There have been a few changes over the years that may invalidate some of 
the old advice about metadata and disk allocations there for.
These have been phased in over the last few years, I am discussing the 
present situation for release 4.2.x

1) Inode size.  Used to be 512.  Now you can set the inodesize at mmcrfs 
time.  Defaults to 4096.

2) Data in inode.  If it fits, then the inode holds the data.  Since a 512 
byte inode still works, you can have more than 3.5KB of data in a 4KB 

3) Extended Attributes in Inode.  Again, if it fits...  Extended 
attributes used to be stored in a separate file of metadata.  So extended 
attributes performance is way better than the old days.

4) (small) Directories in Inode.  If it fits, the inode of a directory can 
hold the directory entries.  That gives you about 2x performance on 
directory reads, for smallish directories.

5) Big directory blocks.  Directories used to use a maximum of 32KB per 
block, potentially wasting a lot of space and yielding poor performance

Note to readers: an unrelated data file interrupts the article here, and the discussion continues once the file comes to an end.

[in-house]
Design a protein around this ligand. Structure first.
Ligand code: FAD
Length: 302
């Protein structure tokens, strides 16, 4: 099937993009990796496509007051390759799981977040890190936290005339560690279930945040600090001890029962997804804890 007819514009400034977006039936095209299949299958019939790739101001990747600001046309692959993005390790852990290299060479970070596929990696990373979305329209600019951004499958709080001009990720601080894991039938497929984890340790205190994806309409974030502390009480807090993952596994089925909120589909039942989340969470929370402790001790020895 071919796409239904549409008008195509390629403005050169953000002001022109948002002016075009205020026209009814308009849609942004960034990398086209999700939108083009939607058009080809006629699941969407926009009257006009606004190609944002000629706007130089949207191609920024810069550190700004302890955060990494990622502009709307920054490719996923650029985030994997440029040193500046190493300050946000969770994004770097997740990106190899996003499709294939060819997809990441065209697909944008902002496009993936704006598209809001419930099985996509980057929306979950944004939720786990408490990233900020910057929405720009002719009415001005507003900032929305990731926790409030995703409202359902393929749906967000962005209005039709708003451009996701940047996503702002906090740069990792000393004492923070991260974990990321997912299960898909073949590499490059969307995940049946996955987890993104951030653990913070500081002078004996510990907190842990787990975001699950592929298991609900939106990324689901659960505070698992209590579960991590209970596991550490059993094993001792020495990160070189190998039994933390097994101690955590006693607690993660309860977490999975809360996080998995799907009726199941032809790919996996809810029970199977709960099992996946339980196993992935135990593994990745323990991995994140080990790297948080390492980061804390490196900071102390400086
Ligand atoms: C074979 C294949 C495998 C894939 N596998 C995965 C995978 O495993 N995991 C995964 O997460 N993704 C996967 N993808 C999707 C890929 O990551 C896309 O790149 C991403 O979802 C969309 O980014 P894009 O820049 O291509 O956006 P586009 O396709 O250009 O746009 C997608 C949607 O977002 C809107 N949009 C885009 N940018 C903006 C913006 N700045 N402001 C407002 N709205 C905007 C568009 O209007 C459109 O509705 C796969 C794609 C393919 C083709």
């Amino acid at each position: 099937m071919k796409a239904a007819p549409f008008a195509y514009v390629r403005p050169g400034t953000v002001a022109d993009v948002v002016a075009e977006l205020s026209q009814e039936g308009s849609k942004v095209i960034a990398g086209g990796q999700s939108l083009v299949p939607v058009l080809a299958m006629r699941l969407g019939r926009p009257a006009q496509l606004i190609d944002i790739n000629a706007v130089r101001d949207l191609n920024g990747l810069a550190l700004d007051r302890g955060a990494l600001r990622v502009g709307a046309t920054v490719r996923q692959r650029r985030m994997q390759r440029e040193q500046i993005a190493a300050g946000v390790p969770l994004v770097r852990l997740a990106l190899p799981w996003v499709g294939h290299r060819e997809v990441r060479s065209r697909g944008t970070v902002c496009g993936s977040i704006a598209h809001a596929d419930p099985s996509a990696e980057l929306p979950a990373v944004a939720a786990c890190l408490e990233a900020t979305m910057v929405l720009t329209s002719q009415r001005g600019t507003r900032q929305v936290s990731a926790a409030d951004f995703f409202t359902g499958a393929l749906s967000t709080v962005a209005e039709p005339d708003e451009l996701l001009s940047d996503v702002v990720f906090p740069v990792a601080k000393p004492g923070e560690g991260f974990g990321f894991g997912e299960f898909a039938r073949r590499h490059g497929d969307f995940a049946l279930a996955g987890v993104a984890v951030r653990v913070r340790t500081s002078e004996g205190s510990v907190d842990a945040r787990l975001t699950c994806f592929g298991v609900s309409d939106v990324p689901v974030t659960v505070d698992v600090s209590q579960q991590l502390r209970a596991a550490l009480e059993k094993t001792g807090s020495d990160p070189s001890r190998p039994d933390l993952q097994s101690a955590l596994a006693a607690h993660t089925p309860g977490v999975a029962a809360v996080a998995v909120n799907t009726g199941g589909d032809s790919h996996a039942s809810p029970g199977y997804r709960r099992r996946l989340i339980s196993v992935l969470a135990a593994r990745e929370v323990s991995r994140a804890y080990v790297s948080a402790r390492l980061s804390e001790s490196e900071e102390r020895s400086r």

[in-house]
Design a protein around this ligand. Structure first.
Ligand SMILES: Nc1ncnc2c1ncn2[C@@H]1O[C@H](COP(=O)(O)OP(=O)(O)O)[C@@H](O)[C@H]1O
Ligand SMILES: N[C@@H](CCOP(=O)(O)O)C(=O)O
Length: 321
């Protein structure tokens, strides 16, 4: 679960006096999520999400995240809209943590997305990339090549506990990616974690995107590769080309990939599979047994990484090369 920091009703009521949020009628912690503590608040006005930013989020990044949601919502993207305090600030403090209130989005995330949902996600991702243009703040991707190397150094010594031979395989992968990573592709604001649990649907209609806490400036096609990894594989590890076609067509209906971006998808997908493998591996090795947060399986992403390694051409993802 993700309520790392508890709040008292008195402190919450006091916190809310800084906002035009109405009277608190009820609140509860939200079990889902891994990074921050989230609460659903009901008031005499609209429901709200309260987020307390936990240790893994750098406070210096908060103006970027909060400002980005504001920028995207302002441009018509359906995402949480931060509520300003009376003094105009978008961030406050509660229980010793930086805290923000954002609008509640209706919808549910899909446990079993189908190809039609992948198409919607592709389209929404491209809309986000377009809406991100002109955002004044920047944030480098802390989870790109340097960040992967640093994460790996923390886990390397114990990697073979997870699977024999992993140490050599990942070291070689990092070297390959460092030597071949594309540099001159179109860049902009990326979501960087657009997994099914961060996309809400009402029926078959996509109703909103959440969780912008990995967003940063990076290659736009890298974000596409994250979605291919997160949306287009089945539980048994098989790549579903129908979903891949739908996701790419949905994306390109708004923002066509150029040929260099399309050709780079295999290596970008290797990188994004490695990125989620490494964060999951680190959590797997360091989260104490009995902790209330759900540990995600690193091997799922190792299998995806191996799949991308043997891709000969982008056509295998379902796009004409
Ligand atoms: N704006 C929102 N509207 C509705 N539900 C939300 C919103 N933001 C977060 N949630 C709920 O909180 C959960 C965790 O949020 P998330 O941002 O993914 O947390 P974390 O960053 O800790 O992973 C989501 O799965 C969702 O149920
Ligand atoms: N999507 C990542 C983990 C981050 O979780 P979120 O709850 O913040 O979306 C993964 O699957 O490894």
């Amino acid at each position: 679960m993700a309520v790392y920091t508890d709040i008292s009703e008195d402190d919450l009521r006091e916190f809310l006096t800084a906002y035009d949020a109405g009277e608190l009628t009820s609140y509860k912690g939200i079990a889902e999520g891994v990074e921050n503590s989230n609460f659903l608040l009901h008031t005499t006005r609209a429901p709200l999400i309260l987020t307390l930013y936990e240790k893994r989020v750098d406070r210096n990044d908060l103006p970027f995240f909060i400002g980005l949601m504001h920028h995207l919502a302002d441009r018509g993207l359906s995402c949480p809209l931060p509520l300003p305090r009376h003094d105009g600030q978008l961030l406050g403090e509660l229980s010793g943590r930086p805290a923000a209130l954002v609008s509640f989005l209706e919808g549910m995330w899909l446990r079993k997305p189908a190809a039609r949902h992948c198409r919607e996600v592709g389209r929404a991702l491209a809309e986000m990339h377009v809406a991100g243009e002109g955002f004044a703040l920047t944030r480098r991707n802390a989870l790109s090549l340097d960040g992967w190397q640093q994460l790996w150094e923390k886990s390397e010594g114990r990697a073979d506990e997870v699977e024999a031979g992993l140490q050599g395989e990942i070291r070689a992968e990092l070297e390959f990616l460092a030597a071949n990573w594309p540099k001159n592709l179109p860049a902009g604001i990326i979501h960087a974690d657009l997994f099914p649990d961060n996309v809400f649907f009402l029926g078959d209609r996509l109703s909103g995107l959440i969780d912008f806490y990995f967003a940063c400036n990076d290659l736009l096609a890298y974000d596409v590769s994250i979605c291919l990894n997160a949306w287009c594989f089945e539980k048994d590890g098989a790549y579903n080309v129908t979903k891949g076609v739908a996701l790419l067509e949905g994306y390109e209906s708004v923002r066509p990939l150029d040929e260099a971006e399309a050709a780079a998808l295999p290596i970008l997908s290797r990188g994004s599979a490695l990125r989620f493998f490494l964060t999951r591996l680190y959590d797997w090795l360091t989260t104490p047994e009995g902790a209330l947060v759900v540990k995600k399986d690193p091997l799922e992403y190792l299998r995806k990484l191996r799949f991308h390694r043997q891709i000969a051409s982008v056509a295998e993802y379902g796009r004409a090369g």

for large directories.
Now directory blocks are the lesser of metadata-blocksize and 256KB.

6) Big directories are shrinkable.  Used to be directories would grow in 
32KB chunks but never shrink.  Yup, even an almost(?) "empty" directory 
would remain the size the directory had to be at its lifetime maximum. 
That means just a few remaining entries could be "sprinkled" over many 
directory blocks.  (See also 5.)
But now directories autoshrink to avoid wasteful sparsity.  Last I looked, 
the implementation just stopped short of "pushing" tiny directories back 
into the inode. But a huge directory can be shrunk down to a single 
(meta)data block.   (See --compact in the docs.)

--marc of GPFS

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